Linux Top 3: Hello ARM, Goodbye 386
Last week was a busy one on the Linux Planet with new kernels, new distributions and a (not so) fond farewell to Linux's first architecture.
1) Linux 3.7
The Linux 3.7 kernel was formally released by Linus Torvalds last week ushering in a new era for Linux on ARM. After years of fractured development across multiple version of ARM, unified system architecture support for ARM landed in the 3.7 kernel. The 3.7 kernel also provides full support for ARM v8 which provides 64-bit capabilities.
Btrfs continues to mature in Linux 3.7 by way of a number of incremental improvements including fsync()speedups and the remove of hard link limits.
On the networking side, Linux 3.7 now support VXLAN (Virtual eXtensible LAN), which is a tenant of the Software Defined Networking (SDN) movement). VXLAN is a layer 2 overlay over a Layer 3 network. VXLAN was started as a joint effort of Cisco and VMware and is not in the process of moving through the IETF for standardization.
Also on the networking side for Linux 3.7 is TCP Fast Open for servers. TCP Fast Open is a new Google led networking approach tha delivers an optimized method for performing the initial TCP handshake in a data connection. The initial code commits for TCP Fast Open debuted on the client side in Linux 3.6 in October of this year.
2) Linux 386
The cycle of kernel development never ends. When one kernel is released that the signal for the merge window on the next kernel.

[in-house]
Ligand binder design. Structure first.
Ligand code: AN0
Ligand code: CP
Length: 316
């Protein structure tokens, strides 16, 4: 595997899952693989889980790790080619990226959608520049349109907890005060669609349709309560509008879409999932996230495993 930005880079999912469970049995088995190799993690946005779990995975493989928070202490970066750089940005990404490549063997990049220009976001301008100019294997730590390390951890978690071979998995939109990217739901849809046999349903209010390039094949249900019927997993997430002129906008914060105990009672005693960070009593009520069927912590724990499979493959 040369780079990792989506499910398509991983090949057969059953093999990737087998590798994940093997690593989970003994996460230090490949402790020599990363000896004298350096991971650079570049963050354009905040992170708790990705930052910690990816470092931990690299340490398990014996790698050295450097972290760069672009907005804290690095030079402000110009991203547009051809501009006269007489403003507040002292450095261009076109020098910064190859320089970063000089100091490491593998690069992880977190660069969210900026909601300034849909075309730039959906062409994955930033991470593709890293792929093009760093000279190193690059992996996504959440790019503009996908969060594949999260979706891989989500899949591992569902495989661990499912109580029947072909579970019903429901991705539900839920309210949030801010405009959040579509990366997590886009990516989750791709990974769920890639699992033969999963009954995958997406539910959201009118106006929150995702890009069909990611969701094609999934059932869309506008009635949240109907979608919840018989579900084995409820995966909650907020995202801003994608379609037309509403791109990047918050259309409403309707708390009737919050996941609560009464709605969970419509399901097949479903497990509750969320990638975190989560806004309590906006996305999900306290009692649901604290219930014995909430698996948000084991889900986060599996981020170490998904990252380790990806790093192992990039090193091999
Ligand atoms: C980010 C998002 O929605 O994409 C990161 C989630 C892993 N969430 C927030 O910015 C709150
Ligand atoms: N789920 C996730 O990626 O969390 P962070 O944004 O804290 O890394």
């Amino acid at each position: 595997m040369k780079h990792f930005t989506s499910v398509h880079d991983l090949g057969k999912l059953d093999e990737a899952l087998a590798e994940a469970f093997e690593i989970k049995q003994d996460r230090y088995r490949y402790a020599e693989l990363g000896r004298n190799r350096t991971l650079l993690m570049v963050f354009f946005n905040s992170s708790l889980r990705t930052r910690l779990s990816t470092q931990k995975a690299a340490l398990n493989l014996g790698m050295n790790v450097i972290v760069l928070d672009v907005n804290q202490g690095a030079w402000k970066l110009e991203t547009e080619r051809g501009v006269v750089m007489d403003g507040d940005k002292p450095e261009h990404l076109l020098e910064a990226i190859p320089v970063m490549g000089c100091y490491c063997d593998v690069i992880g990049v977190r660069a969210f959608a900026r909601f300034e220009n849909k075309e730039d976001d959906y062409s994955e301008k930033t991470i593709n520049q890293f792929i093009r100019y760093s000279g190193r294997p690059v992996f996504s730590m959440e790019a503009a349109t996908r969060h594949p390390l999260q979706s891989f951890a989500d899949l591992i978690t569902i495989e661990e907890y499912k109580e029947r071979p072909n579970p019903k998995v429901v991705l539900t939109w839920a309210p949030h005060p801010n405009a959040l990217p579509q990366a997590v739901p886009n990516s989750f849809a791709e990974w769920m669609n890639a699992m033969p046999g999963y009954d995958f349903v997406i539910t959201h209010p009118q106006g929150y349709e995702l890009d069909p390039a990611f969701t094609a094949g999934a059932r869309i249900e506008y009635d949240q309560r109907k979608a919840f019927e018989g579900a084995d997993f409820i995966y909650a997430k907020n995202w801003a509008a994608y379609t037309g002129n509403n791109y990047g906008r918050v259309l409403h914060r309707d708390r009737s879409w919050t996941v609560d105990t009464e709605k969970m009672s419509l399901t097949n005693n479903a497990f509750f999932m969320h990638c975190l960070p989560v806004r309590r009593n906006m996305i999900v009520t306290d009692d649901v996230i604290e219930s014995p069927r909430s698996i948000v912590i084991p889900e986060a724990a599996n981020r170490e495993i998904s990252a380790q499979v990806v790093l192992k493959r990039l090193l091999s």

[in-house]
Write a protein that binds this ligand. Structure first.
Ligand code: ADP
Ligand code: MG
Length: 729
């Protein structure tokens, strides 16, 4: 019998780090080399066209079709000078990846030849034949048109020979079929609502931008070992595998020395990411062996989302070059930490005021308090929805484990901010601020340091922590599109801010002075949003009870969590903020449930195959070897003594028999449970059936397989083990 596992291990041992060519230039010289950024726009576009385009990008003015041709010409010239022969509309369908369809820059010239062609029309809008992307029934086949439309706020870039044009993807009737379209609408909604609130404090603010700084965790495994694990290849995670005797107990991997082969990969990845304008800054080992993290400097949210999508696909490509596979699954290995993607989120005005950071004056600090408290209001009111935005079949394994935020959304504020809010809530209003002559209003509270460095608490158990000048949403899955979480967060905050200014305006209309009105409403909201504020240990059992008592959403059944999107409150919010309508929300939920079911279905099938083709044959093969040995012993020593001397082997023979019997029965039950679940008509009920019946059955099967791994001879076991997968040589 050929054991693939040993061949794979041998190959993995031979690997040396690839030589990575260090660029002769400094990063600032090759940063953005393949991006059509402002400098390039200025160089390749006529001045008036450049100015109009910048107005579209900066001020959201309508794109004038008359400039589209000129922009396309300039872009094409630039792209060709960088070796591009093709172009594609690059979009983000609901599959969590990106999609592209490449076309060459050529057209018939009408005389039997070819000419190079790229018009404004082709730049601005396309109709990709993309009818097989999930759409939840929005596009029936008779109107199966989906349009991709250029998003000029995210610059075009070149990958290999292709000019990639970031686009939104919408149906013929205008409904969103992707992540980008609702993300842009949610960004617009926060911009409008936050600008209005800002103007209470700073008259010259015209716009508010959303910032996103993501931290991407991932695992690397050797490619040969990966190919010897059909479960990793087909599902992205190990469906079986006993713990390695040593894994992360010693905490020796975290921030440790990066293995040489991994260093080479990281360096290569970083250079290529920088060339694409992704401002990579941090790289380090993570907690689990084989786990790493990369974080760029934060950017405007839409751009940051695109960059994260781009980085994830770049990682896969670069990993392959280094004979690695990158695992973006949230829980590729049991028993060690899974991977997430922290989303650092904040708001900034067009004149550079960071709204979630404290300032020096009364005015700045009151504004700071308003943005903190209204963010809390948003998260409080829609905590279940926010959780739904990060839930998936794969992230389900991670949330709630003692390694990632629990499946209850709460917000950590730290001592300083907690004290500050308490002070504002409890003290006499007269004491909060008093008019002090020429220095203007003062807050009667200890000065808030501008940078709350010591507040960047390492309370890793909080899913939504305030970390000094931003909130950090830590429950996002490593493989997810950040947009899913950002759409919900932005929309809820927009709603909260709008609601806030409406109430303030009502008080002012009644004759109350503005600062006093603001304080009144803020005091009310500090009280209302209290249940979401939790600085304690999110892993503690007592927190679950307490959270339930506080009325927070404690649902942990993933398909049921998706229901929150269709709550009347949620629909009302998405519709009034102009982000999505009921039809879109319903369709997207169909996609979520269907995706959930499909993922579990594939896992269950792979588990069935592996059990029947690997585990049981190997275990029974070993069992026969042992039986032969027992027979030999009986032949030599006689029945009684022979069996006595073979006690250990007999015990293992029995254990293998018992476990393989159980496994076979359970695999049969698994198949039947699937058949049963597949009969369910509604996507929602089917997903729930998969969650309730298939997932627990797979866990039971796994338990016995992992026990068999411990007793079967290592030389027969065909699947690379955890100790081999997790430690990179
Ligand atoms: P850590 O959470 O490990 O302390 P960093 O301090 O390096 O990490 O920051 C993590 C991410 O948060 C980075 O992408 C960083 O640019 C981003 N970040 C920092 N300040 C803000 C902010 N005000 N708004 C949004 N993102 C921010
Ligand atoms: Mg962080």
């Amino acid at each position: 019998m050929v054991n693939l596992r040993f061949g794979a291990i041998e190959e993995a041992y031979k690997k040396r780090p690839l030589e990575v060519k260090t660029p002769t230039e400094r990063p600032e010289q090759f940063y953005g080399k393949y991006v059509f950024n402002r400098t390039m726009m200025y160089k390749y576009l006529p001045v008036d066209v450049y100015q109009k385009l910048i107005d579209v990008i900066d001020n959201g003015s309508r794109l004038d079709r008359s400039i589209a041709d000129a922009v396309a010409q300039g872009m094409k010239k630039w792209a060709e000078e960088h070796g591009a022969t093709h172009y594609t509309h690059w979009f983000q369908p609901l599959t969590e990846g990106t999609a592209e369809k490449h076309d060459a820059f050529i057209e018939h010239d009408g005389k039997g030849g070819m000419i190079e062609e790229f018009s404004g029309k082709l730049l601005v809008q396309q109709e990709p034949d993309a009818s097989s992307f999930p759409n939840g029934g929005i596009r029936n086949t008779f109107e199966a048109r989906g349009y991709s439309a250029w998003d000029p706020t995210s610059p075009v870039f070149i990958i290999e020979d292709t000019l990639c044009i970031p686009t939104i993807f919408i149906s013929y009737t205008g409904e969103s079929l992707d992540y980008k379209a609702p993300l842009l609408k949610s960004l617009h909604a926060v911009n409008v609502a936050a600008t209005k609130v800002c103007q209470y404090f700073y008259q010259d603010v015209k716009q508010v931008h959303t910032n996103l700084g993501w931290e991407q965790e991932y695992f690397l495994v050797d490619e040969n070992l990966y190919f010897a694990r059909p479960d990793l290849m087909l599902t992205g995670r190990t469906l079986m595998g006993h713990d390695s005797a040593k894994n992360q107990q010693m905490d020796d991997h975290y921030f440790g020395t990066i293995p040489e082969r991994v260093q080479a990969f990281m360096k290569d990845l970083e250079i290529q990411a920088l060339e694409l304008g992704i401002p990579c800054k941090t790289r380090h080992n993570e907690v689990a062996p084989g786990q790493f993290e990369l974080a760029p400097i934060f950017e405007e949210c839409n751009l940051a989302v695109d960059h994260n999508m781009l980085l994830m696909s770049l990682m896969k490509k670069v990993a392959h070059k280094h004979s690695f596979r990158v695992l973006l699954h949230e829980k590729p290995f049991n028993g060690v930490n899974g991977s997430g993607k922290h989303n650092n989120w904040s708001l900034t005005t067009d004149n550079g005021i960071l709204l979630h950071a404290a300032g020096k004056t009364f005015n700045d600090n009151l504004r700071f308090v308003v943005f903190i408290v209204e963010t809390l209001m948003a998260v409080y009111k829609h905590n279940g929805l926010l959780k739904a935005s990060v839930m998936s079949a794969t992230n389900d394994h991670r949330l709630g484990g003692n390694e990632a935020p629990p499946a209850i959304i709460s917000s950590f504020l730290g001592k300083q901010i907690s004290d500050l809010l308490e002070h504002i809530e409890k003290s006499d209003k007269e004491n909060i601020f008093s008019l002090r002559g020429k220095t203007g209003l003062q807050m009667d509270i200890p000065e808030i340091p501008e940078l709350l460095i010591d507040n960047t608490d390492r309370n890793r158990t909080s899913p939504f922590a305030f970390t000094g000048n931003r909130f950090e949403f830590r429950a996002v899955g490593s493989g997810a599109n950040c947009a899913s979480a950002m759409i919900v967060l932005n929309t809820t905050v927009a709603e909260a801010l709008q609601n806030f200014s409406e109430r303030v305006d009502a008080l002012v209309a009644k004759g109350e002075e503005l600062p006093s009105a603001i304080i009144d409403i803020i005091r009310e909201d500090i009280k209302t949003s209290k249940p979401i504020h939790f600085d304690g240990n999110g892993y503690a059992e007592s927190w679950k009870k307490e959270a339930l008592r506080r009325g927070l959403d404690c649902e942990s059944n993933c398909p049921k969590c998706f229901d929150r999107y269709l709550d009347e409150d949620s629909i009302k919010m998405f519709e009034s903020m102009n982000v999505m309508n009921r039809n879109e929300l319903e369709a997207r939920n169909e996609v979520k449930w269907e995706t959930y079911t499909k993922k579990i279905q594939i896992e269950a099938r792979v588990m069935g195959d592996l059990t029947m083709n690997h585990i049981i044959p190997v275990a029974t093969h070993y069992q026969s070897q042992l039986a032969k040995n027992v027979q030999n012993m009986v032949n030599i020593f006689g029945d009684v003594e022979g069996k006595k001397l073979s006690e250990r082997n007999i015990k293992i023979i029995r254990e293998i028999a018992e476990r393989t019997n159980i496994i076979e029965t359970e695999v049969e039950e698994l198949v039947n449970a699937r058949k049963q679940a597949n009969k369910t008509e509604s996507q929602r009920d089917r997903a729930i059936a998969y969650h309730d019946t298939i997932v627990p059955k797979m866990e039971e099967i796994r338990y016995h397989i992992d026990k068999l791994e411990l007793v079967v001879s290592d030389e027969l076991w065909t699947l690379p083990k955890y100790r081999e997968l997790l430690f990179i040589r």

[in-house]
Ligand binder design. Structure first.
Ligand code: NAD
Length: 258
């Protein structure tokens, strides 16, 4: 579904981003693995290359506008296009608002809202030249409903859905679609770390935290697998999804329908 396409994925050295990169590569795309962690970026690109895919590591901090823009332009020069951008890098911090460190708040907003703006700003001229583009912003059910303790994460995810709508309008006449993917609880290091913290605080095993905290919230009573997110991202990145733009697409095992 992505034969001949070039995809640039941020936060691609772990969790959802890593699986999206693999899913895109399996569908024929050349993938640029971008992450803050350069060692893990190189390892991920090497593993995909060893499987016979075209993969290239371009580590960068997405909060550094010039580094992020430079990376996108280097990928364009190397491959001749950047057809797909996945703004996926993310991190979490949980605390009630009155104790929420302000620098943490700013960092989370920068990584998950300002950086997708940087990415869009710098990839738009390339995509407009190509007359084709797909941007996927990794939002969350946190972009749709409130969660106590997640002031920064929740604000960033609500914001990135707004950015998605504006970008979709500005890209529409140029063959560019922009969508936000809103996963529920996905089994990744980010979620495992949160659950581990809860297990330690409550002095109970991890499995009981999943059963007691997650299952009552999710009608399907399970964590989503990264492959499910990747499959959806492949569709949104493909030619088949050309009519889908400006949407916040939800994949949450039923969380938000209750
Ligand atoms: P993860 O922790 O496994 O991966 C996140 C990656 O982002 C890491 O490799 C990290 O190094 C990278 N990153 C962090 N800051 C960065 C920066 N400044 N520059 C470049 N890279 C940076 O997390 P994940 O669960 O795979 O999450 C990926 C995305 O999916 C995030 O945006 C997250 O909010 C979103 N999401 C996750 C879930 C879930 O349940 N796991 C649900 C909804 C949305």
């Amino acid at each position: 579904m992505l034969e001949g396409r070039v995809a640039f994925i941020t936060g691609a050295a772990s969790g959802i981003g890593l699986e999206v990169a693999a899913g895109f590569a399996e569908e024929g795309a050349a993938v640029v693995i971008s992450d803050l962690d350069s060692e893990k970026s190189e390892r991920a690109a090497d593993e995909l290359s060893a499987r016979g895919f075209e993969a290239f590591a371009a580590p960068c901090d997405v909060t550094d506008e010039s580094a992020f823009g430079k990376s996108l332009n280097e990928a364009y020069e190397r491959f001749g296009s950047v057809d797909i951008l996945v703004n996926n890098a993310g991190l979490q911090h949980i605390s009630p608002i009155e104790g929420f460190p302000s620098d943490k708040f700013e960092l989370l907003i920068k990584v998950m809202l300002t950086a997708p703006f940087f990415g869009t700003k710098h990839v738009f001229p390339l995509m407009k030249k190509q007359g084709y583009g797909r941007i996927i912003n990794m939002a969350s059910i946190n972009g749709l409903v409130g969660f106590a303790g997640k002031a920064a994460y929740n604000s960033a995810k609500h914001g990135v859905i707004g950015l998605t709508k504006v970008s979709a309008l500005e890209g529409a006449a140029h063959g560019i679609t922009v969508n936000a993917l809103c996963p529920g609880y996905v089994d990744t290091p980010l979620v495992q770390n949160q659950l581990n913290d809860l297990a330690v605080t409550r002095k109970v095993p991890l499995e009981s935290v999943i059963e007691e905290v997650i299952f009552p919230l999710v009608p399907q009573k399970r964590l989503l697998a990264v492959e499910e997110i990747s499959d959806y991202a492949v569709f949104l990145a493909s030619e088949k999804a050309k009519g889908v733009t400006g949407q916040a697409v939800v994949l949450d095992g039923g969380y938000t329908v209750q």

While it is still early in the merge window for the Linux 3.8 kernel, we already know off at least on thing that will not be included: support for 386.
That's right Intel's original 386 has remained supported in the bleeding edge of the mainline kernel since the day Linus started and remains so today. That won't be the case in the mainline kernel beginning with Linux 3.8 in 2013.
Linux kernel developer Ingo Molnar got Linus Torvalds to pull in the, 'x86-nuke386-for-linus' code tree on Tuesday. According to Molnar,"this tree removes ancient-386-CPUs support and thus zaps quite a bit of complexity: 24 files changed, 56 insertions(+), 425 deletions(-)... which complexity has plagued us with extra work whenever we wanted to change SMP primitives, for years."
Molnar noted however that there is a cost.
"Your old original 386 DX33 system from early 1991 won't be able to boot modern Linux kernels anymore. Sniff," Molnar wrote.
3) Slax 7
Some distributions have milestone updates somewhat less regularly than others. Case in point is the Slackware based Slax distribution.
This past week, the first major Slax update in three years was released with Slax 7.0, code name, Green Horn.
"Slax 7.0 is the major update of Slax Linux live operating system. It includes newest Linux Kernel, KDE4 desktop, GCC compiler and lots of other stuff and that all in just a ~210MB download," Slax developer Tomas Matejicek wrote in his release announcement.
Solid state disks (SSDs) made a splash in consumer technology, and now the technology has its eyes on the enterprise storage market. Download this eBook to see what SSDs can do for your infrastructure and review the pros and cons of this potentially game-changing storage technology.
- 1Linux Top 3: GNOME 3.12 and New Betas for Ubuntu 14.04 and OpenMandriva Lx 2014.0
- 2Linux Top 3: Linus Lashes out, Linux 3.14 Gets PIE and Ubuntu One is Done.
- 3Linux Top 3: Ubuntu 14.04, Debian Gives Squeeze More Life and Red Hat Goes Atomic
- 4Linux Top 3: CoreOS, Oracle Enterprise Linux 7 and Ubuntu 14.10
- 5Linux Top 3: Debian Dumps SPARC, Ubuntu Takes Over Linux 3.13 and the Core Infrastructure Initiative